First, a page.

Government’s Record-Keeping Failures Risks Lives, Costs Billions
The U.S. government’s failure to properly keep records not only compromises accountability and transparency, it has cost American taxpayers billions of dollars and in some cases their lives. A whistleblower and former federal contractor with firsthand knowledge of the matter told Judicial Watch that the epidemic of poor records management across all federal agencies constitutes the biggest government accountability and transparency scandal of our lifetime. His name is Don Lueders, a computer software engineer who spent 20 years at several top software companies developing costly applications to help the government properly manage records.
However, billions of dollars in records management applications that could help solve the problem have never been used and the crisis continues. Government agencies purchase the programs, Lueders says, but never actually utilizes them. “The government buys software because it gives the impression that they’re doing records management,” Lueders told Judicial Watch during a recent interview. “But they don’t use it.” He refers to the government’s longtime record-keeping system as “information chaos” that requires a congressional investigation.
Many of the government’s record management failures have been exposed by Judicial Watch in cases that involve key federal agencies, including the Internal Revenue Service (IRS), State Department, Federal Bureau of Investigation (FBI) and Department of Justice (DOJ), among others. In fact, a recent news article on Uncle Sam’s widespread records management deficiencies mentions two cases that Judicial Watch litigated. One involves a scandal in which the Obama IRS selectively audited conservative groups that opposed the administration’s policies. The other involves Hillary Clinton’s now famous illegal use of a private email server while she was Obama’s Secretary of State.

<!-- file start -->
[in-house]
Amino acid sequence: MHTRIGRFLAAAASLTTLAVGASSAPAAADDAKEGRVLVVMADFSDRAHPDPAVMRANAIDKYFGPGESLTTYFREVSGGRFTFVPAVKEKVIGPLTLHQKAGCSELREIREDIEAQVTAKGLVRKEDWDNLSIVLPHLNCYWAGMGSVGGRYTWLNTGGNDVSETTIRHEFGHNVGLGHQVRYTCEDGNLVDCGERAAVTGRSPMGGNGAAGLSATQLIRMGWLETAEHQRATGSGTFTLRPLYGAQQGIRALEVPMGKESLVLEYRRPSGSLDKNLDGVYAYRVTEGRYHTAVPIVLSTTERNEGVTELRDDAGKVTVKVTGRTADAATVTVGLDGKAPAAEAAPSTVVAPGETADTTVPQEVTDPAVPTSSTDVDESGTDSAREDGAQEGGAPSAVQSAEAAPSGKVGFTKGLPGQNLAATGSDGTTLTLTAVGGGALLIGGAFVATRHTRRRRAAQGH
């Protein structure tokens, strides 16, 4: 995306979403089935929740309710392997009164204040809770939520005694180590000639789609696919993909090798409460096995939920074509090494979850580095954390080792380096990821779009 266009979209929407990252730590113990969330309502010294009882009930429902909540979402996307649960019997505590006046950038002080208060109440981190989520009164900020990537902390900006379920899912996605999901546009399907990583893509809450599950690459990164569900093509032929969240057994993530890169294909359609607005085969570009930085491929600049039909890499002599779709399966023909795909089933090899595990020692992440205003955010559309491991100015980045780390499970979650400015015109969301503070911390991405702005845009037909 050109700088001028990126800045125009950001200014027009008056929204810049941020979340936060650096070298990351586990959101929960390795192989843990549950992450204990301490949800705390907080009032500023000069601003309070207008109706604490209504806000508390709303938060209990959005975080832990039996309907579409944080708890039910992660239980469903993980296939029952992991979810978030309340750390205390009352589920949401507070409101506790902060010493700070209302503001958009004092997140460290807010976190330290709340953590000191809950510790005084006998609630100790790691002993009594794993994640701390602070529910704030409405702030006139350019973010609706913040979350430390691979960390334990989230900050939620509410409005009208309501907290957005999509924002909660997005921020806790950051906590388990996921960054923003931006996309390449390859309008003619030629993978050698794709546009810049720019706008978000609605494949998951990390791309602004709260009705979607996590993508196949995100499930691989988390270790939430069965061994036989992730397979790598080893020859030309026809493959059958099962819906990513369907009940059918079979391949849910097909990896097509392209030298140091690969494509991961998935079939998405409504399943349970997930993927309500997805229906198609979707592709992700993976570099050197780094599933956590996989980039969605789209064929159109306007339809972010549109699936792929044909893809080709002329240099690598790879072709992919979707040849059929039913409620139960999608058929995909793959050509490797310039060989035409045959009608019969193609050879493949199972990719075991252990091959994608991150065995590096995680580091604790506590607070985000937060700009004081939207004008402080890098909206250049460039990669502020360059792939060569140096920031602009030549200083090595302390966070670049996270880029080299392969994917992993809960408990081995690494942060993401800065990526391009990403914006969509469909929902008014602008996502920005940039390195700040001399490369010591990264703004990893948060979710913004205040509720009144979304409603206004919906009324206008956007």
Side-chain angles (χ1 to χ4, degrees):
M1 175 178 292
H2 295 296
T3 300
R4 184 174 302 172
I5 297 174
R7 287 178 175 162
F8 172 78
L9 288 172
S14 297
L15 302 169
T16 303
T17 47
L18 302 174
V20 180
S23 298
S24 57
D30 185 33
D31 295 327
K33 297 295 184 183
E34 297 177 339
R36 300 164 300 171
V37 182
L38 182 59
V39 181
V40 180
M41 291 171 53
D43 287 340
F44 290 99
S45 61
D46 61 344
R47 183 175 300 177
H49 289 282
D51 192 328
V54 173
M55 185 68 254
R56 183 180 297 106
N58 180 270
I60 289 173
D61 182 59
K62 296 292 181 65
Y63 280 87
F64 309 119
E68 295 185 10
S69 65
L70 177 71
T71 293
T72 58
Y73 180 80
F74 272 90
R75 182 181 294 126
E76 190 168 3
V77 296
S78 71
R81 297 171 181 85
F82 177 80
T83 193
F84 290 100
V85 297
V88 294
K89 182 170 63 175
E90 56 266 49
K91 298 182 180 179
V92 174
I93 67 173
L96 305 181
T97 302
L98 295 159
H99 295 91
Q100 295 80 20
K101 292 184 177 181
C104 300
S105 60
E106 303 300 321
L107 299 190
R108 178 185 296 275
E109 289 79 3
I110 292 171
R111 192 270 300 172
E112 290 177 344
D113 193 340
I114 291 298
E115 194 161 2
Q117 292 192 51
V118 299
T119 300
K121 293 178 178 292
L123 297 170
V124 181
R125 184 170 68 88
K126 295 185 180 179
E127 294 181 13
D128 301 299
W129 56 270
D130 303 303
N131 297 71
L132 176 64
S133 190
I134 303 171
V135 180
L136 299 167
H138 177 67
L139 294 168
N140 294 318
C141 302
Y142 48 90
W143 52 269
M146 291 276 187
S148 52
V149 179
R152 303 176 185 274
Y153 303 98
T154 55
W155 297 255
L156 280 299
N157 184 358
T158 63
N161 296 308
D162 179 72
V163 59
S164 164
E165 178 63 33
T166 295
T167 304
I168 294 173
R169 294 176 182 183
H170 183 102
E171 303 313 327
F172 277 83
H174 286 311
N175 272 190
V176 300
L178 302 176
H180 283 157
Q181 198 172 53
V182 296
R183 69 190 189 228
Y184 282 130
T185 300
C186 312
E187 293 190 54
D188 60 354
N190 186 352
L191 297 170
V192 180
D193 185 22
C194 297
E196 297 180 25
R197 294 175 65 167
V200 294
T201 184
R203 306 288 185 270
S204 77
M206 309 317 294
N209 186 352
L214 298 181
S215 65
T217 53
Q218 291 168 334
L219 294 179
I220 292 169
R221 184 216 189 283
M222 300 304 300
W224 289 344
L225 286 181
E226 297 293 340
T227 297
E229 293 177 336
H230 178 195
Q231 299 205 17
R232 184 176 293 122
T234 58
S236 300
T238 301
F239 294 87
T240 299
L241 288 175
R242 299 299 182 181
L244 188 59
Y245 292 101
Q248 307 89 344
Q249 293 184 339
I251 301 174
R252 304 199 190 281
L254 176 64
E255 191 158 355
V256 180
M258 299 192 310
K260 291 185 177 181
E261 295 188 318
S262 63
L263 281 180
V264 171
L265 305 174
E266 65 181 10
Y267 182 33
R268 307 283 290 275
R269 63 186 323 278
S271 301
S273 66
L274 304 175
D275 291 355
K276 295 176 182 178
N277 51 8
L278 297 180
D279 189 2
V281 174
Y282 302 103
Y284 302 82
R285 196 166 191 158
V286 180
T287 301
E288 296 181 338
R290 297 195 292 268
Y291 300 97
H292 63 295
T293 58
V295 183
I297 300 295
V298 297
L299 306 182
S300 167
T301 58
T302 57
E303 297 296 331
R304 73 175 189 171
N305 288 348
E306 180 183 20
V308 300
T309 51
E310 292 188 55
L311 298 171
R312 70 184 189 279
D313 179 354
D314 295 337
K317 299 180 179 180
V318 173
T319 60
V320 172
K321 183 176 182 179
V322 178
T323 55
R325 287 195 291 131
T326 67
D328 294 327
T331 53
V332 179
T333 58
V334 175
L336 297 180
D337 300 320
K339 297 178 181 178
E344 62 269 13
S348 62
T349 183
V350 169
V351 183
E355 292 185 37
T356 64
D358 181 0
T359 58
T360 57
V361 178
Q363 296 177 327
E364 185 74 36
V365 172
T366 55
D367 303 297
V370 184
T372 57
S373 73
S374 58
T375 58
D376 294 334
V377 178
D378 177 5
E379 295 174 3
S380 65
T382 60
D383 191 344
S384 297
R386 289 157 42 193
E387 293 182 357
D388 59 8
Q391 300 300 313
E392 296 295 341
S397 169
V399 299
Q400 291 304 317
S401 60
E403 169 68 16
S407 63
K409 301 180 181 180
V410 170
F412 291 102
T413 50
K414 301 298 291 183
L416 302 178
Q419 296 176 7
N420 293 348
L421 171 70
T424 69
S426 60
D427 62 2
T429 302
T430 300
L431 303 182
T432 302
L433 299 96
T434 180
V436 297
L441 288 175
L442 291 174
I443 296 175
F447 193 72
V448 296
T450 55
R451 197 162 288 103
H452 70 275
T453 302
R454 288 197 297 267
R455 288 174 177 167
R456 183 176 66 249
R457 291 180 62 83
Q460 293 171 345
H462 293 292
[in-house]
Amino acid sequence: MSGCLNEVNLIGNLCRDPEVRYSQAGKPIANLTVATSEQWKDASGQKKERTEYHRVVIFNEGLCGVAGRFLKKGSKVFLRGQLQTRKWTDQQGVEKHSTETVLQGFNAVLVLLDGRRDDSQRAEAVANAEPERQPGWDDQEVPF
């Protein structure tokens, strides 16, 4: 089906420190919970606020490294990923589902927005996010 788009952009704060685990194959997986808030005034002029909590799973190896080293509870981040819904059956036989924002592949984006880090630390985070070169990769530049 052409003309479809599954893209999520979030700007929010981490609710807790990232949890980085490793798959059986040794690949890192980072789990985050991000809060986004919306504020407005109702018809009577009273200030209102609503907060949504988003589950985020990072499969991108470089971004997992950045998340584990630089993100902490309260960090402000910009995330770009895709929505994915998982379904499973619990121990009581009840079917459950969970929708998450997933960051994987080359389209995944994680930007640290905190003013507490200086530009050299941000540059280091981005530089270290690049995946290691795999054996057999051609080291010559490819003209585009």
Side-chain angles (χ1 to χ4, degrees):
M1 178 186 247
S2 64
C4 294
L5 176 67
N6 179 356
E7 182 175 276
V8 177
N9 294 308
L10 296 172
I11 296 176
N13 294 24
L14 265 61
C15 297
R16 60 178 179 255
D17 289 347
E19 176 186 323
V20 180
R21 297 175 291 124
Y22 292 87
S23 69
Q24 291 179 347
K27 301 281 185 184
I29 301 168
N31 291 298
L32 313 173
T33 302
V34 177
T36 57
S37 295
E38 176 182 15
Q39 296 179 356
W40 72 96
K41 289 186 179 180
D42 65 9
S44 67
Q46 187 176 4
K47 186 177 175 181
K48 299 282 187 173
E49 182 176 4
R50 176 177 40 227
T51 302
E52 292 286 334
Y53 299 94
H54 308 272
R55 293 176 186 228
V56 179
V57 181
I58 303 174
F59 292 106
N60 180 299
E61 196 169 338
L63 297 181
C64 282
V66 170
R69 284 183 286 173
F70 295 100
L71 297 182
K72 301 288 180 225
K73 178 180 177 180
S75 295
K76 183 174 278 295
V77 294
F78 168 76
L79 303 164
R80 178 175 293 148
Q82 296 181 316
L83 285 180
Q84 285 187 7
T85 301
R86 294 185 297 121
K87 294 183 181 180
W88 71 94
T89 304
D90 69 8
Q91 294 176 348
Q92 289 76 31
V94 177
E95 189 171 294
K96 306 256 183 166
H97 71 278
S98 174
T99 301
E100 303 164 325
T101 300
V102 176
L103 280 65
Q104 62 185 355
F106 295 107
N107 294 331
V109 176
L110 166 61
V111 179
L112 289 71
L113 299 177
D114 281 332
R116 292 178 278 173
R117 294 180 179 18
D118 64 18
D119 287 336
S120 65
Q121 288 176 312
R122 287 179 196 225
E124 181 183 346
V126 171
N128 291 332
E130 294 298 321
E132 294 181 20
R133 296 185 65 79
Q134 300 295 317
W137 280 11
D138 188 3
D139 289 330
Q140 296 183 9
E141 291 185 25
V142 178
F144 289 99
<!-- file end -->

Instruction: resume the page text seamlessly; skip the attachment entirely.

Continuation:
For years Judicial Watch’s work has helped uncover the underlying problems associated with the government’s dreadful record-keeping system, which is incredibly handy in coverups. Many of the cases required a dragged-out litigious process to obtain records that should be readily available under the Freedom of Information Act (FOIA). A recent example involves the unsecure server Clinton used to transmit classified information as the president’s chief foreign affairs adviser. Judicial Watch has been embroiled in a years-long legal battle with the government for the records and just a few weeks ago, more than a dozen new Clinton emails not previously produced as per a federal court order magically appeared. A DOJ attorney could not explain to a federal judge how the FBI suddenly found the new stash of Clinton emails, which were originally to be provided by the State Department.
Some record-keeping failures have more serious consequences as the story mentioned earlier points out. For instance, the man who shot and killed more than two dozen people at a Texas church a few years ago used guns he would not have been able to buy if the Air Force had managed its records efficiently. “On six occasions, military officials failed to send Devin Kelley’s records to the FBI while the Air Force investigated, court-martialed, and imprisoned him for abusing his wife and stepson,” the article states. “Had the FBI received the records, the killer would have been barred from buying the weapons used in the massacre.” Similar records management failures have also received widespread media attention. Remember that in 2015 an astounding 21.5 million records were stolen from the Office of Personnel Management (OPM), the federal government’s chief human resources agency and personnel policy manager.
This is not a partisan issue, but rather a pervasive governmentwide emergency that Lueders says has been going on for almost a quarter century regardless of who occupies the White House. “We’re wasting billions and people are dying,” he said, stressing that democracy can’t exist without accountability and transparency.